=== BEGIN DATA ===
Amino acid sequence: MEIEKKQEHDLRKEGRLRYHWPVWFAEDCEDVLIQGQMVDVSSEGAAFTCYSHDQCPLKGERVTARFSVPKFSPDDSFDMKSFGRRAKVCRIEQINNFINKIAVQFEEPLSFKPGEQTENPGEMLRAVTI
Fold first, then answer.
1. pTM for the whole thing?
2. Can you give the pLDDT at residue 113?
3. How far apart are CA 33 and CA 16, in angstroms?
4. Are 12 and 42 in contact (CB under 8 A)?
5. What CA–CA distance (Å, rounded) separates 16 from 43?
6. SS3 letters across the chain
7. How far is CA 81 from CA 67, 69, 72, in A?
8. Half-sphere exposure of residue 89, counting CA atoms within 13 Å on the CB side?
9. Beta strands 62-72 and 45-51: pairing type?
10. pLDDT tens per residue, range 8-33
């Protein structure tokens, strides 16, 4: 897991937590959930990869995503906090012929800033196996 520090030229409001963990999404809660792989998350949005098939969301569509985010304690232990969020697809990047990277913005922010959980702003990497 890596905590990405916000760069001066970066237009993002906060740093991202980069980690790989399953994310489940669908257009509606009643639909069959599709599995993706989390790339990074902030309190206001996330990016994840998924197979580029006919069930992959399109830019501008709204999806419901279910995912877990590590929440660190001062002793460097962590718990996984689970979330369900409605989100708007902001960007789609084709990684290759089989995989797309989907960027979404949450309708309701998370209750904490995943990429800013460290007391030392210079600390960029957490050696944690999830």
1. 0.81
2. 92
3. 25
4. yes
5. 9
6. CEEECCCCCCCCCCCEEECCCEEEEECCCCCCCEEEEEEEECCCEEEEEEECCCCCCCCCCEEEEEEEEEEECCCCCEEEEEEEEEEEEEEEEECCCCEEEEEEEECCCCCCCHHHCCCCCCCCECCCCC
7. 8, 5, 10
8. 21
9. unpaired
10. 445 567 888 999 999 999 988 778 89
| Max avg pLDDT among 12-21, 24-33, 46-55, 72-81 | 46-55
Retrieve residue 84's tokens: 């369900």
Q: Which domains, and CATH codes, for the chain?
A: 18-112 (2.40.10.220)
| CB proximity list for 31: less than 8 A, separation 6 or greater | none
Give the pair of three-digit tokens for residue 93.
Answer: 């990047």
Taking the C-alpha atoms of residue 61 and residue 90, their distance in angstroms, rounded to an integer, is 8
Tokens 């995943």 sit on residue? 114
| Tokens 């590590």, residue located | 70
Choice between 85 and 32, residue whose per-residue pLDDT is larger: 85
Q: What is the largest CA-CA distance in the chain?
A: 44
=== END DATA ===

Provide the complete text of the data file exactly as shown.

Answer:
Amino acid sequence: MEIEKKQEHDLRKEGRLRYHWPVWFAEDCEDVLIQGQMVDVSSEGAAFTCYSHDQCPLKGERVTARFSVPKFSPDDSFDMKSFGRRAKVCRIEQINNFINKIAVQFEEPLSFKPGEQTENPGEMLRAVTI
Fold first, then answer.
1. pTM for the whole thing?
2. Can you give the pLDDT at residue 113?
3. How far apart are CA 33 and CA 16, in angstroms?
4. Are 12 and 42 in contact (CB under 8 A)?
5. What CA–CA distance (Å, rounded) separates 16 from 43?
6. SS3 letters across the chain
7. How far is CA 81 from CA 67, 69, 72, in A?
8. Half-sphere exposure of residue 89, counting CA atoms within 13 Å on the CB side?
9. Beta strands 62-72 and 45-51: pairing type?
10. pLDDT tens per residue, range 8-33
């Protein structure tokens, strides 16, 4: 897991937590959930990869995503906090012929800033196996 520090030229409001963990999404809660792989998350949005098939969301569509985010304690232990969020697809990047990277913005922010959980702003990497 890596905590990405916000760069001066970066237009993002906060740093991202980069980690790989399953994310489940669908257009509606009643639909069959599709599995993706989390790339990074902030309190206001996330990016994840998924197979580029006919069930992959399109830019501008709204999806419901279910995912877990590590929440660190001062002793460097962590718990996984689970979330369900409605989100708007902001960007789609084709990684290759089989995989797309989907960027979404949450309708309701998370209750904490995943990429800013460290007391030392210079600390960029957490050696944690999830």
1. 0.81
2. 92
3. 25
4. yes
5. 9
6. CEEECCCCCCCCCCCEEECCCEEEEECCCCCCCEEEEEEEECCCEEEEEEECCCCCCCCCCEEEEEEEEEEECCCCCEEEEEEEEEEEEEEEEECCCCEEEEEEEECCCCCCCHHHCCCCCCCCECCCCC
7. 8, 5, 10
8. 21
9. unpaired
10. 445 567 888 999 999 999 988 778 89
| Max avg pLDDT among 12-21, 24-33, 46-55, 72-81 | 46-55
Retrieve residue 84's tokens: 């369900």
Q: Which domains, and CATH codes, for the chain?
A: 18-112 (2.40.10.220)
| CB proximity list for 31: less than 8 A, separation 6 or greater | none
Give the pair of three-digit tokens for residue 93.
Answer: 């990047």
Taking the C-alpha atoms of residue 61 and residue 90, their distance in angstroms, rounded to an integer, is 8
Tokens 């995943």 sit on residue? 114
| Tokens 């590590």, residue located | 70
Choice between 85 and 32, residue whose per-residue pLDDT is larger: 85
Q: What is the largest CA-CA distance in the chain?
A: 44